Vegetarianism, female gender and increasing age, but not CNDP1 genotype, are associated with reduced muscle carnosine levels in humans
 
 
Journal Title (Medline/Pubmed accepted abbreviation): Amino Acids
Year: 2010 Epub ahead of print
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doi: 10.1007/s00726-010-0749-2

Summary of Background and Research Design

Background:Carnosine (ß-alanyl-L-histidine) is a dipeptide found in high concentrations in skeletal muscles and is associated with multiple physiologic functions such as pH buffering, antioxidant effects, increasing sensitivity to Ca2+, and inhibiting protein glycation. Recent studies have shown that elevated muscle carnosine is associated with attenuated fatigue and improved exercise performance in humans. Although the muscle carnosine content can vary greatly between individuals, the intra-individual variation is relatively low (9% to 15% over a 3-month period). The most established determinant of the muscle carnosine content is muscle fiber type. The amount of food from animal sources is likely to contribute to muscle carnosine content as ß-alanine, the rate-limiting precursor in carnosine synthesis, which is exclusively found in meat and fish. Women and the elderly have been suggested to have lower muscle carnosine levels. Finally, polymorphisms in the enzymes responsible for the synthesis (carnosine synthase) and hydrolysis (carnosinase) of carnosine may contribute to muscle carnosine content.

Hypothesis/purpose of study: The aim of this study was to further characterize suggested determinants of muscle carnosine content (diet, sex, and age) and to identify new determinants (plasma carnosinase activity and testosterone).

Subjects: Healthy subjects (N = 149), which consisted of 94 men (12 vegetarians) and 55 women, participated in the study. Vegetarians were either lacto-ovo vegetarians or vegans and were required to have been vegetarian for >= 8 years (mean, 15 ± 9.5 yr).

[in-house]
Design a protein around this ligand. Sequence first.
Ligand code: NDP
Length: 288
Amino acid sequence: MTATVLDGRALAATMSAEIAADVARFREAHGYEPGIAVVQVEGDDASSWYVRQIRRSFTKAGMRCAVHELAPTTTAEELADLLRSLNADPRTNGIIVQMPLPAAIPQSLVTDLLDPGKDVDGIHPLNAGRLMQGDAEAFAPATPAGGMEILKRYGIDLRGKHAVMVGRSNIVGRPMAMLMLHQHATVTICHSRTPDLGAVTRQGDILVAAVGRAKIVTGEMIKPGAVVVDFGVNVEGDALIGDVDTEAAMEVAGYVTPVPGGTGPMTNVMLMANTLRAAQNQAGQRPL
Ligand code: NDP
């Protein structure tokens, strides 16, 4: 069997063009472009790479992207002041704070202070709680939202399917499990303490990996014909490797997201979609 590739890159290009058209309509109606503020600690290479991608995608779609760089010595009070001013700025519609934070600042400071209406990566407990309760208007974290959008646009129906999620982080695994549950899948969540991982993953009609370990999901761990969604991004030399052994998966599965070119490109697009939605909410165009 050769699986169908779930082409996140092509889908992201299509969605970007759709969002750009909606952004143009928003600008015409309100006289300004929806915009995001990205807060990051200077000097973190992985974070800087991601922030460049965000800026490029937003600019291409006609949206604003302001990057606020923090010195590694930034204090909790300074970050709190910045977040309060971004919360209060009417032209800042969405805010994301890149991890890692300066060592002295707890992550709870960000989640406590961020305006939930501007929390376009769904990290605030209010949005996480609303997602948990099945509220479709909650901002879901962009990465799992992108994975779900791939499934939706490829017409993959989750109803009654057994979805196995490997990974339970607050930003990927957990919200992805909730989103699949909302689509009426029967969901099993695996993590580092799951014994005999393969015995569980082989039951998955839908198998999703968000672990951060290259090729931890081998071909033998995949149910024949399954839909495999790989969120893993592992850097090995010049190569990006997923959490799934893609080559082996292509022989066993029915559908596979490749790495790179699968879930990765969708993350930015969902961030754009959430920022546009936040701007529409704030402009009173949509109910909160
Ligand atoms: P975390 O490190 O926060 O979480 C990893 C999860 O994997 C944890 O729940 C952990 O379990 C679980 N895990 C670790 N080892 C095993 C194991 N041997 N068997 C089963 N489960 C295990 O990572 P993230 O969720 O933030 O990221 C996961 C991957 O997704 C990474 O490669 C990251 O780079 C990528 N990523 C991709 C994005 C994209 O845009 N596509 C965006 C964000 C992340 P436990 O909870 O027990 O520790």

Experimental design: Observational, non-experimental

Treatments and protocol: Muscle carnosine was quantified in the slow twitch soleus, the fast-twitch gastrocnemius muscle, and the tibialis anterior to determine the possible interaction of various factors within the muscle fiber type. Magnetic resonance proton spectroscopy was used to explore, without the need for biopsy, determinants of the variation in muscle carnosine content. Additionally, blood samples were collected to determine CNDP1 genotype (the gene coding for serum carnosinase enzyme), plasma carnosinase activity, and testosterone concentrations.

Summary of research findings:
  • Men had 36%, 28%, and 82% higher carnosine concentrations in the soleus, gastrocnemius, and tibialis anterior muscle, respectively, compared with women.
  • Circulating testosterone concentrations were unrelated to muscle carnosine levels in healthy men.
  • Carnosine content of the soleus was negatively related to the subjects' age.
  • Vegetarians had a lower carnosine content of 26% in gastrocnemius compared with omnivores.
    • In contrast, there was no difference in muscle carnosine content between omnivores with a high or low ingestion of ß-alanine.
  • Muscle carnosine levels were not related to polymorphism of the CNDP1 gene or to the enzymatic activity of plasma carnosinase.

Interpretation of findings/Key practice applications:

It has been previously demonstrated that an increased availability of ß-alanine results in higher muscle carnosine content. This is the first peer-reviewed study demonstrating that a complete and long-lasting restriction of ß-alanine from the diet results in lower intramuscular carnosine concentrations. In addition, this study confirms the higher muscle carnosine content of males versus females. The data suggest that carnosine content declines 1.2% per year. As the majority of participants were < 30 years of age, this result will need confirmation in an older population of adults. Although this study does not support a correlation between free plasma testosterone and carnosine content, it does not exclude the possibility that more extreme variations such as overt hypogonadism or exogenous testosterone supplementation influence muscle carnosine. Finally, CNDP1 genotype did not affect the muscular carnosine content. However, this study was too small to exclude an association between carnosine and CNDP1 genotype. An important implication from this study is that vegetarian athletes involved in high-intensity exercise may benefit from ß-alanine supplementation.
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